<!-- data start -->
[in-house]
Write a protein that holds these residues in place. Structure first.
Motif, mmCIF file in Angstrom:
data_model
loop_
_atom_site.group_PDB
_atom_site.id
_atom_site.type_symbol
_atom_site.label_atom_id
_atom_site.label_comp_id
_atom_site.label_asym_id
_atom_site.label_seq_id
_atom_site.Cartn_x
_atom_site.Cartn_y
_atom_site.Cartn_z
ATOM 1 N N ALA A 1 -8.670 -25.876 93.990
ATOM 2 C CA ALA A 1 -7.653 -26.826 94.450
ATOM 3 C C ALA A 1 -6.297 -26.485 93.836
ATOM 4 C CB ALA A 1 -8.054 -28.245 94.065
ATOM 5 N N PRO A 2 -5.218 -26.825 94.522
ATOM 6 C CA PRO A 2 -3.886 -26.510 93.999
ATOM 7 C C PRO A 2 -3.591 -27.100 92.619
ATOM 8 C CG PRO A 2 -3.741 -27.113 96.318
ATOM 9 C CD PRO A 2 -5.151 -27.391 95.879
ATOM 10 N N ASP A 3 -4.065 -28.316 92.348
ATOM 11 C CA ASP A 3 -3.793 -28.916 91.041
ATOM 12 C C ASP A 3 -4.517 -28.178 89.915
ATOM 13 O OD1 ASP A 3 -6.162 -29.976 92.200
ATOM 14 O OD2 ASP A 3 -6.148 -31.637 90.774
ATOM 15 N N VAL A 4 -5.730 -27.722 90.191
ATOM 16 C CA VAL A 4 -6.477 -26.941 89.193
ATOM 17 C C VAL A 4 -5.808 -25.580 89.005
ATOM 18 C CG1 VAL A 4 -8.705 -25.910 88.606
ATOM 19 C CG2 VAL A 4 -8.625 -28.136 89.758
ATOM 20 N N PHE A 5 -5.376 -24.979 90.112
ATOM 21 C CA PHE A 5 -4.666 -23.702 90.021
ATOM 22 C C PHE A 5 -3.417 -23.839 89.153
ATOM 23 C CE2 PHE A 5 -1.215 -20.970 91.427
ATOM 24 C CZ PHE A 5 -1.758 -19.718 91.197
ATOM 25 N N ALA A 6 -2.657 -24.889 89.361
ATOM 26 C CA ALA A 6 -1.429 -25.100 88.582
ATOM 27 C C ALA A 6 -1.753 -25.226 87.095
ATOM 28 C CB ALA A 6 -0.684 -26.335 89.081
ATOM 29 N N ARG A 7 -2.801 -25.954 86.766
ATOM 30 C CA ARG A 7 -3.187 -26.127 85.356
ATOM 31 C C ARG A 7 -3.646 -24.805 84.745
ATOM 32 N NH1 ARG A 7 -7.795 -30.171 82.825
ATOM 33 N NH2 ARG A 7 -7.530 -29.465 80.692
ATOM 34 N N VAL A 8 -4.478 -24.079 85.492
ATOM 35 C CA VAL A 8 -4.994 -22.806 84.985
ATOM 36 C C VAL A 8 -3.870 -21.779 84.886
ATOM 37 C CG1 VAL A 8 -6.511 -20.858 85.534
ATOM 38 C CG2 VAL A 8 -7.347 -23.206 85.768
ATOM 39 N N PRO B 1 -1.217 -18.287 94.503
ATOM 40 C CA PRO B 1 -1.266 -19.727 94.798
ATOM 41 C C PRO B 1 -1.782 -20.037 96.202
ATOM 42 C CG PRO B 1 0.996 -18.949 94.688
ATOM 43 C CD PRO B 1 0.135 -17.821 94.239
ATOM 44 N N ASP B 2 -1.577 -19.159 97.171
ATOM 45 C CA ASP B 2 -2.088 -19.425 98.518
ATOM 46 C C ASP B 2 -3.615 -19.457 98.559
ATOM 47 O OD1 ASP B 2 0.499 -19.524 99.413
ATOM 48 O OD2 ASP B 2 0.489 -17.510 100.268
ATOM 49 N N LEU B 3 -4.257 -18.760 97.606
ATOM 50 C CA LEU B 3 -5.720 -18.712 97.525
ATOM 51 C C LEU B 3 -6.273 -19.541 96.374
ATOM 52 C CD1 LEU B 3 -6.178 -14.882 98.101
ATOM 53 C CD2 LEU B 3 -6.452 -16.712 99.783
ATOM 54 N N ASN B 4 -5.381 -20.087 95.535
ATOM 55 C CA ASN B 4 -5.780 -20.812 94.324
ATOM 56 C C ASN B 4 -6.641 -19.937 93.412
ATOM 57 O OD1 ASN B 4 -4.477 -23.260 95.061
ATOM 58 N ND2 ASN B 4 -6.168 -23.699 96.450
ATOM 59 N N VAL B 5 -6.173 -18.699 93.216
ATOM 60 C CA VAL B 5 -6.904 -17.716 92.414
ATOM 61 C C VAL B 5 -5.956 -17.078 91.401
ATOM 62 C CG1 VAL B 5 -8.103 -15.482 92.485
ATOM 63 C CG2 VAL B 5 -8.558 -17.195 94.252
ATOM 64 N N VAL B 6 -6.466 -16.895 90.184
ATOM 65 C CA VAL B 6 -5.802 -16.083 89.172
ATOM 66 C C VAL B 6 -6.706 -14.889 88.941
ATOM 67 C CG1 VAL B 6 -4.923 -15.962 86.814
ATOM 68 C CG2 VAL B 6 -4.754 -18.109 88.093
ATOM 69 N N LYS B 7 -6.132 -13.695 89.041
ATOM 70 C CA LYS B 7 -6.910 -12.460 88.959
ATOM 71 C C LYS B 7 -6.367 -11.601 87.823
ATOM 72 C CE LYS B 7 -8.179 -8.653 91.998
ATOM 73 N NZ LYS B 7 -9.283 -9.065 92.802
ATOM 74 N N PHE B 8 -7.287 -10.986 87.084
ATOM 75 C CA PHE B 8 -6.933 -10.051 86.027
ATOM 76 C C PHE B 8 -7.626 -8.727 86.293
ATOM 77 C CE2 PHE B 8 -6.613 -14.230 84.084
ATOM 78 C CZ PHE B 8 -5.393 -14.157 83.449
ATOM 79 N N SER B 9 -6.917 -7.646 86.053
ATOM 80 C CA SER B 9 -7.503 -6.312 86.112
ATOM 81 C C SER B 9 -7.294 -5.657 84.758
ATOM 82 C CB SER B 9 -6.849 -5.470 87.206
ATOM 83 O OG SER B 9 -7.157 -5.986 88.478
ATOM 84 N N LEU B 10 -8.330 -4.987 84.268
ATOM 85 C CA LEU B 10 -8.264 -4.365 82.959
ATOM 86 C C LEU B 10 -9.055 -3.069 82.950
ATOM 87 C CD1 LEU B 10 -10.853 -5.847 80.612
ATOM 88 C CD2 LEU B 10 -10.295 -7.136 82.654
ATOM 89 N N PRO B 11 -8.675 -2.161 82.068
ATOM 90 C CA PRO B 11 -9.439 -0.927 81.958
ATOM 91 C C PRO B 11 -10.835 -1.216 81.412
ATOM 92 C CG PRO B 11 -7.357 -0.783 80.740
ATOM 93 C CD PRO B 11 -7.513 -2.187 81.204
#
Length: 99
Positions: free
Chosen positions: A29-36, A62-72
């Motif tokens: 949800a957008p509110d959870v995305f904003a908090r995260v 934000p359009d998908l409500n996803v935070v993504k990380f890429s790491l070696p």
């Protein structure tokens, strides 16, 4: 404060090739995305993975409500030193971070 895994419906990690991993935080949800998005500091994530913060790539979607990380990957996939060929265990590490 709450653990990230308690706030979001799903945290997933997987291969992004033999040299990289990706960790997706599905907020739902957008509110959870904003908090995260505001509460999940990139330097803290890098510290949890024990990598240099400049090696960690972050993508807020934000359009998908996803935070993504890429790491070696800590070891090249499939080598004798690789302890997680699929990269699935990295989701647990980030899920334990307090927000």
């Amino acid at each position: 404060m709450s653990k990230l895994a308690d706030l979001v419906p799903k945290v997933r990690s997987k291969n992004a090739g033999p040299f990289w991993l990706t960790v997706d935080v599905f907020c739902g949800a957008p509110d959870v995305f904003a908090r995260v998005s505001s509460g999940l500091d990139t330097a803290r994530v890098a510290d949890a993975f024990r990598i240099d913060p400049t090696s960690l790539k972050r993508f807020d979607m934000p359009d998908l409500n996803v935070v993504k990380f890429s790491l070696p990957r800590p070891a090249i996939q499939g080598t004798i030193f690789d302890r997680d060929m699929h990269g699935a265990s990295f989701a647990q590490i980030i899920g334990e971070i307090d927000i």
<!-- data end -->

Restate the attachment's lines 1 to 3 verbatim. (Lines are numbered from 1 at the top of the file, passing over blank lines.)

[in-house]
Write a protein that holds these residues in place. Structure first.
Motif, mmCIF file in Angstrom: